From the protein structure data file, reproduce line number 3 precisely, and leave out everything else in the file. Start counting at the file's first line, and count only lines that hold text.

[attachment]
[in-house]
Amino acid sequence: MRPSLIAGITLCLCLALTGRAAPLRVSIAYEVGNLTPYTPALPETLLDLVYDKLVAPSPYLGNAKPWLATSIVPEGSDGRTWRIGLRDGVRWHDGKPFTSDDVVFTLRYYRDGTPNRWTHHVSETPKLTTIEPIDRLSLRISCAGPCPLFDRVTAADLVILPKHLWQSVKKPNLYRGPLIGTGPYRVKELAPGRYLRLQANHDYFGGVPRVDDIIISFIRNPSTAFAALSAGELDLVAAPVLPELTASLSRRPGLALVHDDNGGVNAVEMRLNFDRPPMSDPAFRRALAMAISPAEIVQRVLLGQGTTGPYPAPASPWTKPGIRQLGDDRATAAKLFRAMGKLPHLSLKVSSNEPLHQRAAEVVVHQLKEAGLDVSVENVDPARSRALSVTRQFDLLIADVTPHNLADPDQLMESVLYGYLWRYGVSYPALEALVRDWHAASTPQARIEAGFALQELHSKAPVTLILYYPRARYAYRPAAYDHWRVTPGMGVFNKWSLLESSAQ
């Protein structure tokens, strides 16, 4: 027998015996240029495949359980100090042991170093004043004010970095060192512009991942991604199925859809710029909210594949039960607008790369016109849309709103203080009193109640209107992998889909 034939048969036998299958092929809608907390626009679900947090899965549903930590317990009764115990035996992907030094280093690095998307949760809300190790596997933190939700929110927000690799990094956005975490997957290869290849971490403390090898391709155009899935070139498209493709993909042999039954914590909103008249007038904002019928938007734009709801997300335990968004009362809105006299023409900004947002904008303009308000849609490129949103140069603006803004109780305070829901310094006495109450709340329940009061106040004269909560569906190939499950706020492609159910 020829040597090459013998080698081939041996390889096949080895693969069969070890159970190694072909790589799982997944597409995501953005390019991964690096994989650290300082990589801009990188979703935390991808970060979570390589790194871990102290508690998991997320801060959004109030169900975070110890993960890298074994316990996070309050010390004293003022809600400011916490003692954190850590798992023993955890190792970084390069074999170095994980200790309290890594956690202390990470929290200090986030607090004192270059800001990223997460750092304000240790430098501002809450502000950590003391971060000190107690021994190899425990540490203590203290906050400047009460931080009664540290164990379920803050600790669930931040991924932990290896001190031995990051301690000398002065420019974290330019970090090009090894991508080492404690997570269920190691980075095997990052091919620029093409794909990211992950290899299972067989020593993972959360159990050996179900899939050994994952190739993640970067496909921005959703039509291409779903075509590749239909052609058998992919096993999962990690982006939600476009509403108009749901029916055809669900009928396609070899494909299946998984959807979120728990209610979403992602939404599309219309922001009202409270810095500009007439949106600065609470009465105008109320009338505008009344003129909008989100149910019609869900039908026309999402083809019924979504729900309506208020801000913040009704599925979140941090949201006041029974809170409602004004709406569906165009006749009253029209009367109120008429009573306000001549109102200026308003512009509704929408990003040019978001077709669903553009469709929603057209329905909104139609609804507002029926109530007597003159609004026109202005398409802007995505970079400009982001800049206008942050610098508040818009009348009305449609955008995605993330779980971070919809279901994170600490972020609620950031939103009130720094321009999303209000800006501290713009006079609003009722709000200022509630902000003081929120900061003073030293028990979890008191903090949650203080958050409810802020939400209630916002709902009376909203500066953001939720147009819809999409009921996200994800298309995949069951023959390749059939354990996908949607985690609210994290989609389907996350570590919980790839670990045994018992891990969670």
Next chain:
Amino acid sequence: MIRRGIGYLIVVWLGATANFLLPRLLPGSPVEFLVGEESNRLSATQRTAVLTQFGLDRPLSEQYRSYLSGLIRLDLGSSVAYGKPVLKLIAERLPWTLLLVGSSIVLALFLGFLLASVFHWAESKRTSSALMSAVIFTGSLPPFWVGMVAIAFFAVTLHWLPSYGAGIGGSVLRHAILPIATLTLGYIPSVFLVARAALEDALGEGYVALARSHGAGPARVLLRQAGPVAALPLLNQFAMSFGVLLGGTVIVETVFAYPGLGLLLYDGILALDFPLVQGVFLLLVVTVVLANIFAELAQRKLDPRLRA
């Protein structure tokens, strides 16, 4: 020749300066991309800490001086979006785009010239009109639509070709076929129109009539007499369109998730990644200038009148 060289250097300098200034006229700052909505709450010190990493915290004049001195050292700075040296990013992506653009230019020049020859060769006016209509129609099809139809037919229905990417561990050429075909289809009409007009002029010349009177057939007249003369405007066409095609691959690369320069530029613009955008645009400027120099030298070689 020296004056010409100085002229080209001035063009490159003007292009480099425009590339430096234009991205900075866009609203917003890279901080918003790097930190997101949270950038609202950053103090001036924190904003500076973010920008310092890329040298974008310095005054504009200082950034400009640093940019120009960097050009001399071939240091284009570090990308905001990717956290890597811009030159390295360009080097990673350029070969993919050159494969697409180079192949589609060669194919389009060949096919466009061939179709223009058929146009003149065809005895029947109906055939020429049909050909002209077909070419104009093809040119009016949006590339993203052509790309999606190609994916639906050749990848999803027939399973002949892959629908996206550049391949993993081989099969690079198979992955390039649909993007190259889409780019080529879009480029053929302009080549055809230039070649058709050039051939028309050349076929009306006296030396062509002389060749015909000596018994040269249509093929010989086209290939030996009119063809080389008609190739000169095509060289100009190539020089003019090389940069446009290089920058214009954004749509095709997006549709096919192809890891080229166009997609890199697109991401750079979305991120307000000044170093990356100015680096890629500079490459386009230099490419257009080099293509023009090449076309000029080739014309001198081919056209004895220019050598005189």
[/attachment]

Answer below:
């Protein structure tokens, strides 16, 4: 027998015996240029495949359980100090042991170093004043004010970095060192512009991942991604199925859809710029909210594949039960607008790369016109849309709103203080009193109640209107992998889909 034939048969036998299958092929809608907390626009679900947090899965549903930590317990009764115990035996992907030094280093690095998307949760809300190790596997933190939700929110927000690799990094956005975490997957290869290849971490403390090898391709155009899935070139498209493709993909042999039954914590909103008249007038904002019928938007734009709801997300335990968004009362809105006299023409900004947002904008303009308000849609490129949103140069603006803004109780305070829901310094006495109450709340329940009061106040004269909560569906190939499950706020492609159910 020829040597090459013998080698081939041996390889096949080895693969069969070890159970190694072909790589799982997944597409995501953005390019991964690096994989650290300082990589801009990188979703935390991808970060979570390589790194871990102290508690998991997320801060959004109030169900975070110890993960890298074994316990996070309050010390004293003022809600400011916490003692954190850590798992023993955890190792970084390069074999170095994980200790309290890594956690202390990470929290200090986030607090004192270059800001990223997460750092304000240790430098501002809450502000950590003391971060000190107690021994190899425990540490203590203290906050400047009460931080009664540290164990379920803050600790669930931040991924932990290896001190031995990051301690000398002065420019974290330019970090090009090894991508080492404690997570269920190691980075095997990052091919620029093409794909990211992950290899299972067989020593993972959360159990050996179900899939050994994952190739993640970067496909921005959703039509291409779903075509590749239909052609058998992919096993999962990690982006939600476009509403108009749901029916055809669900009928396609070899494909299946998984959807979120728990209610979403992602939404599309219309922001009202409270810095500009007439949106600065609470009465105008109320009338505008009344003129909008989100149910019609869900039908026309999402083809019924979504729900309506208020801000913040009704599925979140941090949201006041029974809170409602004004709406569906165009006749009253029209009367109120008429009573306000001549109102200026308003512009509704929408990003040019978001077709669903553009469709929603057209329905909104139609609804507002029926109530007597003159609004026109202005398409802007995505970079400009982001800049206008942050610098508040818009009348009305449609955008995605993330779980971070919809279901994170600490972020609620950031939103009130720094321009999303209000800006501290713009006079609003009722709000200022509630902000003081929120900061003073030293028990979890008191903090949650203080958050409810802020939400209630916002709902009376909203500066953001939720147009819809999409009921996200994800298309995949069951023959390749059939354990996908949607985690609210994290989609389907996350570590919980790839670990045994018992891990969670």